Alto saxophonist Kenny Garrett's first recording for Nonesuch, a concept album inspired by a recent trip to China, finds him in the company of an all-star ensemble. A phenomenally gifted soloist with a singular tone and instantly identifiable phrasing, he has walked a fine line between mainstream jazz and more popular forms in the recent past. In previous situations with producer Marcus Miller, Garrett veered dangerously close to watered down smooth jazz. Beyond The Wall remedies this situation.
Incorporating elements of traditional Chinese folk music and modal structures into his animated and funky hard bop compositions, Garrett arrives at a hybrid not far removed from John Coltrane's mid-1960s Eastern meditations. The inclusion of tenor saxophone legend Pharoah Sanders makes the connection to Coltrane's work implicit. Pianist Mulgrew Miller's invocation of McCoy Tyner, with his distinctive comping, further cements the Coltrane vibe.
Reuniting Garrett with inventive drummer Brian Blade, this session harkens back to the raw sound of two of his Warner Bros. releases, Triology (1995) and a Coltrane tribute, Pursuance (1996). Bassist Robert Hurst III and the celebrated vibraphonist Bobby Hutcherson, a guest soloist whose buoyant playing adds vitality and color, round out the ensemble.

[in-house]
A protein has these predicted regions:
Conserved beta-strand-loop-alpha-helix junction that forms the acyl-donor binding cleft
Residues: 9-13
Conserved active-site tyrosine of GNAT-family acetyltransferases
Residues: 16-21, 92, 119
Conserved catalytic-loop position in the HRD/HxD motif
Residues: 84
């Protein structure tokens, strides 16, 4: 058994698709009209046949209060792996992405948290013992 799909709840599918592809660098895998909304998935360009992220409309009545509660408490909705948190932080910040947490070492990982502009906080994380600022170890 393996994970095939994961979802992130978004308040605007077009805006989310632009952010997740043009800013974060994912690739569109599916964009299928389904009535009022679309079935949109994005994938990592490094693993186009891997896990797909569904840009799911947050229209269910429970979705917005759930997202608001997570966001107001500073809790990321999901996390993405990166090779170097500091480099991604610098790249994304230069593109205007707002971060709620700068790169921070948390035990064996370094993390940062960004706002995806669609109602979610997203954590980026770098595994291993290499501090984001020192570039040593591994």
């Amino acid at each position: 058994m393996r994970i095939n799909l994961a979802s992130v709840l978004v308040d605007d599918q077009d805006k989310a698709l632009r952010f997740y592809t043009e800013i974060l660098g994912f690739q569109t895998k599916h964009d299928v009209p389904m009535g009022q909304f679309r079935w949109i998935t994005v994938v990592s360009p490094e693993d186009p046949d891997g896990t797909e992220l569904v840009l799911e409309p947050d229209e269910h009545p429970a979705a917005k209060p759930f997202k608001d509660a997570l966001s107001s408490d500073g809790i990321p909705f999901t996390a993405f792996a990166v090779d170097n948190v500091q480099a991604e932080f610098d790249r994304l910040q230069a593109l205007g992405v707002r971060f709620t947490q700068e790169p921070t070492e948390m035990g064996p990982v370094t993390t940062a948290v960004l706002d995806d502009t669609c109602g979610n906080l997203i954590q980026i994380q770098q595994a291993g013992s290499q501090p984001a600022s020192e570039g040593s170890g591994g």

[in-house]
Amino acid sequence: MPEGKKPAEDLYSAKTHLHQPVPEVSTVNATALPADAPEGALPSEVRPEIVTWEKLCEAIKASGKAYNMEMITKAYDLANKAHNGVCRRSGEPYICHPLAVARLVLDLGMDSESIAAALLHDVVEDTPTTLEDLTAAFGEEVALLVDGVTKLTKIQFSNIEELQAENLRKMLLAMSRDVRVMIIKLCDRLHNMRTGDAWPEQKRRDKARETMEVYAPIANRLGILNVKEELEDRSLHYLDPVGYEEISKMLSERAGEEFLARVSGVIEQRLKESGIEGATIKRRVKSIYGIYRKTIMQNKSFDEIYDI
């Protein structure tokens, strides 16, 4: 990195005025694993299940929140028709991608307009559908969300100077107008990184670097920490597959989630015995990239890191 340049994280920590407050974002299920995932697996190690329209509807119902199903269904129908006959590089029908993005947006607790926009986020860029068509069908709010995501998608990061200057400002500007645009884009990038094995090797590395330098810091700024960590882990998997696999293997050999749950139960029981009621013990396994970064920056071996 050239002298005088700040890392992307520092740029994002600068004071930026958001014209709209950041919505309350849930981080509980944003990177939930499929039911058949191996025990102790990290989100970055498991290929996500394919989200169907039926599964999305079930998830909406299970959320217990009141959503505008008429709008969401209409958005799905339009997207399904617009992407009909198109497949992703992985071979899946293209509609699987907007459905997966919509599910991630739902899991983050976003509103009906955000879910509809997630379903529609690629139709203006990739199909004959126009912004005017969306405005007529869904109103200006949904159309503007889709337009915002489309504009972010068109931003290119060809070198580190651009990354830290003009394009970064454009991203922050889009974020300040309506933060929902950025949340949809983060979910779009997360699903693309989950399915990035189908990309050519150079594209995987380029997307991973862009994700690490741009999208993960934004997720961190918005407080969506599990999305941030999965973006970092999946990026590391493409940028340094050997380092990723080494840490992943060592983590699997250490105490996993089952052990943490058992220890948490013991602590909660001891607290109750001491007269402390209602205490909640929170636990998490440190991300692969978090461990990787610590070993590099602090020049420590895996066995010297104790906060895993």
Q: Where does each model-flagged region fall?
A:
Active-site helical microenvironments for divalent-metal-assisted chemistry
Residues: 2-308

In the presence of Sanders, Garrett delivers some of the most impassioned statements of his career. Sanders plays mostly straight-ahead, with only minor hints at his extreme past. Sparring with the master on "Calling," Garrett matches his reserved intensity note for note. Garrett's ravishing solo on the concluding "May Peace Be Upon Them" is blissfully cathartic.
Garrett, playing piano, augments "Tsunami Song" with traditional Chinese instruments such as the ehru and a small string section, adding exotic color and texture. Vocalist Nedelka Echols and a handful of back-up singers intone soulful vocalese on a few tracks, and Garrett overdubs chanting Tibetan Monks on "Realization (Marching Toward the Light)." While these touches add to the record's overall Eastern feel, the longer, dominant pieces still reside squarely in the hard bop realm, full of energetic group interplay and rousing solos.
Beyond The Wall stands tall in Garrett's discography. Removed from the lite funk of Happy People (Warner Bros., 2002), it follows his final Warner release, Standard of Language (2003), in quality and intensity. An equitable blend of Eastern meditation and impressive hard bop swing, this album updates the excursions of New Thing-era explorers in subtle but pleasing ways.
Calling; Beyond the Wall; Qing Wen; Realization (Marching Toward the Light); Tsunami Song; Kiss to the Skies; Now; Gwoka; May Peace Be Upon Them.
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